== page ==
Saturday, January 23, 2010

Habitual Happiness, Part 1

Happiness is a practice and it can develop into a habit. Habitual happiness!

After watching Patch Adams (again), it's clear that excessive habitual happiness can be edgy and can make others a tad uncomfortable.

There's an unspoken social code hanging in the air and it's a moving target. As children we learn early on how to navigate the code by watching and reading the adults around us. Our parents are the primary code managers, they are the first to show us how to act in private and in public, what is acceptable and what is not, who to defer to, who to follow, who is important to please, who can be disregarded, and most of this social code training is done subtly and most often without awareness, using body language and facial expressions.

Children are born joyful! They have a marvelous capacity to burst forth with enthusiasm, laughter, friendliness, silliness, and constant movement. Watch a child waiting in line at the grocery store --- they are all over the place! While the parent guards the cart, the child or children explore the millions of details surrounding them. They are open to details.

As adults, we've learned to tune out the details. Of the thousands of sensory opportunities available in each moment, we notice or process just a few. Children can run circles around us processing details and they do.

And that's were social code training comes in. The core messages in social code training are: Fit in --- Don't make waves --- Don't stand out --- Don't make anyone uncomfortable. With this training we learn to stand still, sit down, and be quiet, all at the expense of joy. We learn to hand our power over to social conditions and then we quickly learn to let external conditions become our gauge for how we feel inside. The natural outcome of social code training for many of us is repression of emotions and habitually looking to external events and situations to define our internal states.

Television, computers and video games have grown in popularity for this reason. They give us constant external feedback which hooks us emotionally, thus reinforcing the habit of handing our emotional power over to a source outside ourselves. The challenge becomes creating enough external stimulation to compensate for all those repressed authentic emotions and thoughts. Let there be a lull and boredom sets in quickly. Oh, can't have that! What shall we do? Who will talk to us? Who will entertain us? Who will make us laugh-think-feel? What activity will provide enough stimulation and forced focus to keep us fully engaged with external stimuli because it's a sure bet that, at this point, we are practically incapable of actually hearing our own thoughts or feeling what's going on in our own bodies!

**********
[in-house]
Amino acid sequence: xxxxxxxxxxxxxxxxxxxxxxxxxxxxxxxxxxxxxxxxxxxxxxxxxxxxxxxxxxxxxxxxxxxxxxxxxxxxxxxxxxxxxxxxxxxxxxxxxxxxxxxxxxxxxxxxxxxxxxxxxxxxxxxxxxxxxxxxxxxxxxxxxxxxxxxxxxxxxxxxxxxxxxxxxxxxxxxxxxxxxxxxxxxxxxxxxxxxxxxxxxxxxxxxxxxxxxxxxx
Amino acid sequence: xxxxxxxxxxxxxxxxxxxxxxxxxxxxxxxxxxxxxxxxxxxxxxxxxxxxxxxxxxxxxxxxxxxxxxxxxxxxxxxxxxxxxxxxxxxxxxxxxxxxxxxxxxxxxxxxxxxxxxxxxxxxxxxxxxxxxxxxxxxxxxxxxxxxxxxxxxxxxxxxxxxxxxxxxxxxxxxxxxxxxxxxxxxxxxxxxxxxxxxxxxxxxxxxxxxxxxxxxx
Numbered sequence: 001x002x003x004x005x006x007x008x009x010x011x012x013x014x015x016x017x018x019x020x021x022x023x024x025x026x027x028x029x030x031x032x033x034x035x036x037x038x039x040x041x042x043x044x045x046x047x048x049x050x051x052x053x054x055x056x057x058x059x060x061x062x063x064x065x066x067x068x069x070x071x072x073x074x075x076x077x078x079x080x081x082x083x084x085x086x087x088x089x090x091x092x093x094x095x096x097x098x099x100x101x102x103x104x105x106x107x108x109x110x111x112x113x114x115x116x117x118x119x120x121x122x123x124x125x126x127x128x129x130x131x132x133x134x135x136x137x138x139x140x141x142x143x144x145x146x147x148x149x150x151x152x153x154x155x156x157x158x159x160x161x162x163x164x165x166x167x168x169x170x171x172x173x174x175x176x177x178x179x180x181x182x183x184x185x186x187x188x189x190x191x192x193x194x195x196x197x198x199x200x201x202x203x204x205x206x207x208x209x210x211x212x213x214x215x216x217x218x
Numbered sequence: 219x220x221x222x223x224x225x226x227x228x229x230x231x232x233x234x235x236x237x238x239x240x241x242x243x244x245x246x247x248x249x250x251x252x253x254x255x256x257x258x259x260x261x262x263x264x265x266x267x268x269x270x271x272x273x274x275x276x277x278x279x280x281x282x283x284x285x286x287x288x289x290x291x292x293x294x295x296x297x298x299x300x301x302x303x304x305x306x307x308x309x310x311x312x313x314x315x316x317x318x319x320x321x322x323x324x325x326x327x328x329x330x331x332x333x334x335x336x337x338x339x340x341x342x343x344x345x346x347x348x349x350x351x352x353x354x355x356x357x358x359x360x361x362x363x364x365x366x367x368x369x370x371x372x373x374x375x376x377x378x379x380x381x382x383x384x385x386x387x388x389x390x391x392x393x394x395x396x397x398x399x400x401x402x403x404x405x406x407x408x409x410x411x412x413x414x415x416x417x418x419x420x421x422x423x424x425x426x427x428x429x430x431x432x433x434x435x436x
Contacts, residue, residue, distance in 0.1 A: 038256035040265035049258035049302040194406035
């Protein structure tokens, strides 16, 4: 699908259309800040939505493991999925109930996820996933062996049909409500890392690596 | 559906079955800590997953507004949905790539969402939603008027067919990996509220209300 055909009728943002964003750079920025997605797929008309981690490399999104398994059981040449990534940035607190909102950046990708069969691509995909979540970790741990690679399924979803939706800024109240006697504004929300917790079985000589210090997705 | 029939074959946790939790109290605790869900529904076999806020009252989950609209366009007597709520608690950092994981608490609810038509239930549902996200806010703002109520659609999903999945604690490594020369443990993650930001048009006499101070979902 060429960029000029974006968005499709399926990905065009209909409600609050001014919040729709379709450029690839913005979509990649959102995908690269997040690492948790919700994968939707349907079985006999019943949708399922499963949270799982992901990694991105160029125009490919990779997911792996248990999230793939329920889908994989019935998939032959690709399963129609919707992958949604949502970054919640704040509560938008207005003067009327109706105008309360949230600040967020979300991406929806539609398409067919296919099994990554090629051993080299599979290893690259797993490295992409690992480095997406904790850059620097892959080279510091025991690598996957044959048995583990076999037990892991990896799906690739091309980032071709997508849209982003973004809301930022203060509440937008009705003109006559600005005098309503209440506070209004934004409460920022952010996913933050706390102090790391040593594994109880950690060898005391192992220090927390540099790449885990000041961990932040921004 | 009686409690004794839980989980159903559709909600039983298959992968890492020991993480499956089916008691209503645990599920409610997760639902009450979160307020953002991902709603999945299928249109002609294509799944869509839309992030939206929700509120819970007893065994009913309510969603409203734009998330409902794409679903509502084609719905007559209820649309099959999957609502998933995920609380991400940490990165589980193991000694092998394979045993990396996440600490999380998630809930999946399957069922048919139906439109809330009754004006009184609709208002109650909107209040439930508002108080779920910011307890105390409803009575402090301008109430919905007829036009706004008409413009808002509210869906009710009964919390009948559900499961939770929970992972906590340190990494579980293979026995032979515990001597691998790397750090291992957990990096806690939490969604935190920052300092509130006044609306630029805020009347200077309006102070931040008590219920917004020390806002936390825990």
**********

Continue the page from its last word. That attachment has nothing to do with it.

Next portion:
The world is running faster and faster, the pace has to keep up with our constant need to be stimulated. Movies, news and TV programing have gotten outrageously explosive, riveting us to the screens. So what's the solution? How does one go about unplugging from the programing of a lifetime and begin to create an authentic internal life?

In Part 2, we'll explore some ideas about how to go about reprogramming ourselves. Please, you're invited to add your comments here so that they can be included in the discussion!

Saturday, January 16, 2010

Listen to Laughs!

Since the research has shown that listening to the sounds of laughter causes the body to respond as if you laughed, it's a good idea to surround yourself with laughter as much as possible on a daily basis to counteract stress and depression.

The physical benefits of laughter include opening of the blood vessels, reduced blood pressure, increased oxygenation of the brain and internal organs, all of this leading to greater relaxation and feelings of well-being.

Here's a Laugh-a-Long video to get you started. I created it this week using some favorite photos and the laughter sound track from the Practice Happiness! CD

Get your year off to a good start by increasing your laughter and listening to laughter as often as possible!

Saturday, January 9, 2010

How My Dad Got Funny

It happened one day in November of 2003, just after I had returned home from the hospital after having my appendix removed. It was an unplanned surgery, as you can imagine, and my parents had driven the 125 miles from their house to mine to help me for a few days.

The appendix attack was perfectly timed to interfere with a major move to another city the following week. I hadn't even started packing but I had saved my boxes from the last move and Mom and Dad had to get them out and pack them. It took them four days and all I could do was encourage and direct. And laugh!

Somehow, starting with his grousing about my coffee maker the first morning, Dad became the funniest man on earth. I had to hang onto the counter and my tummy so I wouldn't hurt myself laughing! Almost everything he said and did for the next four days was hysterically funny. I was a laughter casualty, roaring, slapping my legs, dropping to the floor and asking, "How did it happen? When did you get so funny? And how did I manage to not notice this my whole life?!"

The transformation in my dour, practical, dry dad was amazing. Turns out he totally enjoyed being thought of as Funny Guy after a lifetime of Serious Guy. We all knew that my laughter attacks had everything to do with recovery from anesthesia and nothing to do with actual humor and yet we all had so much fun with it!

Funny Guy stayed with us for several years after that and we loved him and laughed at him and, in the end, he gave us all something to remember and talk about during that last painful year before he died.

This story goes to show that we all have a terrifically funny person inside us and sometimes all we need is for someone else to come along and release them. It's never too late to stop and laugh and it almost never requires anesthesia.